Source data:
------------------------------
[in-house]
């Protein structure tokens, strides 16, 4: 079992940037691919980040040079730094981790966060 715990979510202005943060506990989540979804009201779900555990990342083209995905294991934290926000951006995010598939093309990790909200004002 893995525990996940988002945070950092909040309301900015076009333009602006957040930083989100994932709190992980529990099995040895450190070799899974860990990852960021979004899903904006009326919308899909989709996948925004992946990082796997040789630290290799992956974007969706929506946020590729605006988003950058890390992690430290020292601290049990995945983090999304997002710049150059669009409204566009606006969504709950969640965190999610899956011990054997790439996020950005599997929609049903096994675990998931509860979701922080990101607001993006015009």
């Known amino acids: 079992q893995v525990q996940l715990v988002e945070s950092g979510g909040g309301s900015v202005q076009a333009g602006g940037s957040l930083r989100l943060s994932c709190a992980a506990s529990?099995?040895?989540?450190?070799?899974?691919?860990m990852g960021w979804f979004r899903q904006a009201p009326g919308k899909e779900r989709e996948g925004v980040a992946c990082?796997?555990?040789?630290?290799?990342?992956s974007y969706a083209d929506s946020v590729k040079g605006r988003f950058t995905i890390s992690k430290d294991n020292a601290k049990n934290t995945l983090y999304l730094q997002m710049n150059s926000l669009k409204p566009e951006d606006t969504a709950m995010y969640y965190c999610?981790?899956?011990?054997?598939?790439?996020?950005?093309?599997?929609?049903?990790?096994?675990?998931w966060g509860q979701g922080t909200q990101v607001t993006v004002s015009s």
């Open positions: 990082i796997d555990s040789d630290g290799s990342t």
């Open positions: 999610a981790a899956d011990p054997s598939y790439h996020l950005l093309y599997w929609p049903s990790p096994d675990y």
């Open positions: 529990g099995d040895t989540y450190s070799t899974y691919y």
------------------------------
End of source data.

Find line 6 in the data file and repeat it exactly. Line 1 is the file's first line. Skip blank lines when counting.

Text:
């Open positions: 529990g099995d040895t989540y450190s070799t899974y691919y």